The Archdiocese of Baltimore has posted a list of dozens of priests and religious brothers accused of sexual abuse in a move church officials say came from listening to feedback from abuse survivors.
All of the names had previously been disclosed by the church, in most cases years ago. But activists say having them in one place can help encourage victims to come forward — and help expose the scope of abuse.
"We've wanted it a long time," said David Lorenz, Maryland director of the Survivors Network of those Abused by Priests. "We've asked every diocese around the country to do it."
The list, posted on the archdiocese website, includes the names of 71 clergymen about whom church officials have received what they call "credible" accusations during the priest's lifetime.
Archdiocese spokesman Sean Caine said the list was posted in January, but church officials didn't announce it because the list included no new information.
The decision to post the names was "a response to what we've heard from survivors," Caine said. "It's something we've been working on for a while."
Included are 57 names that were first posted on the archdiocese website in 2002 under Cardinal William H. Keeler, eight months after a Boston Globe investigation exposed sexual abuse by priests in the Boston Archdiocese. That list was eventually taken down.
Also posted on the new list are 14 names of priests accused after 2002.
When Keeler released the original list in 2002, he said the abuse of children by priests was "the spiritual equivalent of murder."
"My fellow bishops and I must respond to the violence already visited on our children by saying we are sorry," Keeler wrote in a letter to Catholic households.
"At times, we have let our fears of scandal override the need for the kind of openness that helps prevent abuse. In the past, we sometimes have responded to victims and their families as adversaries, not as suffering members of the Church. I am deeply sorry for the harm done to children entrusted to our care."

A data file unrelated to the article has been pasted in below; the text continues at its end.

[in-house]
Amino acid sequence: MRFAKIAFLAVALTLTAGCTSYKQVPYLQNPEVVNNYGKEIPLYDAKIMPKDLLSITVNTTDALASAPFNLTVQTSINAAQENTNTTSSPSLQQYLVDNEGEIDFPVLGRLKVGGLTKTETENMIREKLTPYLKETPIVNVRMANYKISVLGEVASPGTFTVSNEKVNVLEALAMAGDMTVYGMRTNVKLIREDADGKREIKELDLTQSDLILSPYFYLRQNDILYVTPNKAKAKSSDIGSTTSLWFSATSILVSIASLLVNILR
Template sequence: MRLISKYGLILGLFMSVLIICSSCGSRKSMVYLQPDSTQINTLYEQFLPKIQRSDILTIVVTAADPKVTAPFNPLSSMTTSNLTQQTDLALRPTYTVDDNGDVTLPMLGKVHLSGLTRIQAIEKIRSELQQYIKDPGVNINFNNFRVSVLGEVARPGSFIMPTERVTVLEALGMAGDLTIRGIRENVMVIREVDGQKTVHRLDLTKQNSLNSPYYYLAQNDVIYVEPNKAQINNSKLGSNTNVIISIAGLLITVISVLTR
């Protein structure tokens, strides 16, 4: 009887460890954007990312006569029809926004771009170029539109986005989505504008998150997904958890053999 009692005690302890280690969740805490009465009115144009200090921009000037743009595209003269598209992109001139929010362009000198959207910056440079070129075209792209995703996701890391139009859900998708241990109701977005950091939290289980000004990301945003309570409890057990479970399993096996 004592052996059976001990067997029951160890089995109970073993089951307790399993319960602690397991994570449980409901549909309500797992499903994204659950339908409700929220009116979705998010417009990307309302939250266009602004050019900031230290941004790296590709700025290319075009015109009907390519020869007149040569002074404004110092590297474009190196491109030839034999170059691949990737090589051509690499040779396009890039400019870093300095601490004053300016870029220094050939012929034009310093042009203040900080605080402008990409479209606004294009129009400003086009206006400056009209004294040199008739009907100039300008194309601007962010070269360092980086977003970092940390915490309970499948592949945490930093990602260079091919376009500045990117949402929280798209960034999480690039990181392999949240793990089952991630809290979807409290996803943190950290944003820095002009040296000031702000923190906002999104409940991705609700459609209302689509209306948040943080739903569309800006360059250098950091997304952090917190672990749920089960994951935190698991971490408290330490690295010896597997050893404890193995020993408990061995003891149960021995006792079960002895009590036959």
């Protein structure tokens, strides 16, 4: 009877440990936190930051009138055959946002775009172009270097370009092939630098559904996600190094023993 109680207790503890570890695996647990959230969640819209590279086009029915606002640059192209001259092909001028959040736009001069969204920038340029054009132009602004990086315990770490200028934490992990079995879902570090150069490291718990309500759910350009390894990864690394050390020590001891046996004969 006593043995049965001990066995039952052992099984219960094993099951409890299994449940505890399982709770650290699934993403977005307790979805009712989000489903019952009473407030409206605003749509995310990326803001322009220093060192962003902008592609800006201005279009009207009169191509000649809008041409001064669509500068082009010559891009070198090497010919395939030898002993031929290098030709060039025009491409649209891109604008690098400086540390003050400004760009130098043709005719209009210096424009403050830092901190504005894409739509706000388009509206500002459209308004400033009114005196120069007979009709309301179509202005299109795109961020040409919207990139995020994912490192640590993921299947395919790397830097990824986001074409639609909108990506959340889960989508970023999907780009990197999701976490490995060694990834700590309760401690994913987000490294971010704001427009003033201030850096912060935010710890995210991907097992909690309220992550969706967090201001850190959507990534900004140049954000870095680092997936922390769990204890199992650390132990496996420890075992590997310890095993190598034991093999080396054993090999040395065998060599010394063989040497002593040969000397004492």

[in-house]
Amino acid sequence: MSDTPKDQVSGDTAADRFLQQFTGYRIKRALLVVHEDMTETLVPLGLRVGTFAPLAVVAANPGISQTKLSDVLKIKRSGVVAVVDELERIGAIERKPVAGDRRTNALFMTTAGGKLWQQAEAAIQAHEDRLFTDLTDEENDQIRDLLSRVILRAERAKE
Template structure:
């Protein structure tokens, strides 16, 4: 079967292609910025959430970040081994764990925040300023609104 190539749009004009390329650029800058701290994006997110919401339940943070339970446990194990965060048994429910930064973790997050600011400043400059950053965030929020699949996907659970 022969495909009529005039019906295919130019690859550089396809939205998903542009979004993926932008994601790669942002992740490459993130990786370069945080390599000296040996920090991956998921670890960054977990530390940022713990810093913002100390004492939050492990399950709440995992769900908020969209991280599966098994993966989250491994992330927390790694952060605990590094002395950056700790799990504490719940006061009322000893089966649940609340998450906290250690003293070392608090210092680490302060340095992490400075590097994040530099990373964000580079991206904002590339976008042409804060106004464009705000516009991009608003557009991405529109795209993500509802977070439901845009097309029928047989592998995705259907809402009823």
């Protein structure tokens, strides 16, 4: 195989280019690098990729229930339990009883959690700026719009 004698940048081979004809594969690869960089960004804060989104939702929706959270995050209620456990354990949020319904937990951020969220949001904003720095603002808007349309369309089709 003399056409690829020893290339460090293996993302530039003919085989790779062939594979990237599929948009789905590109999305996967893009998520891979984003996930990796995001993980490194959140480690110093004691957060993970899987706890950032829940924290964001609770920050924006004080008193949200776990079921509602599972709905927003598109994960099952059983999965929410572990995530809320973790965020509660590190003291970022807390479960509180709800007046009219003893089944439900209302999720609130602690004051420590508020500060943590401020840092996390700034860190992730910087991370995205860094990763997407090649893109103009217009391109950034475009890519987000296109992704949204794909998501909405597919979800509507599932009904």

Keeler's move sparked controversy among Baltimore priests at the time.
Thomas J. Reese, a Jesuit priest and senior analyst for the National Catholic Reporter, said such lists can be "a very scary proposition for priests," pointing out that in most instances the priest has not been convicted of a crime.
"No matter how often you say 'accused,'" Reese said, "as far as the public is concerned, these people are guilty."
But he added that across the country, victims of abuse have experienced the pain of denial by the church.
"That, for many, was just as harmful as the abuse itself," he said. "To have their abuse acknowledged and recognized by the church and apologized for is extremely important for them in their healing process."
Reese said the move by Baltimore Archbishop William E. Lori, who is chairman of the U.S. Conference of Catholic Bishops' Ad Hoc Committee for Religious Liberty, could influence other bishops.
"A lot of bishops are really reluctant to do this," Reese said. "It's very significant because Archbishop Lori is very highly respected by other bishops, so if he did it, it certainly would give other bishops the courage to follow his example."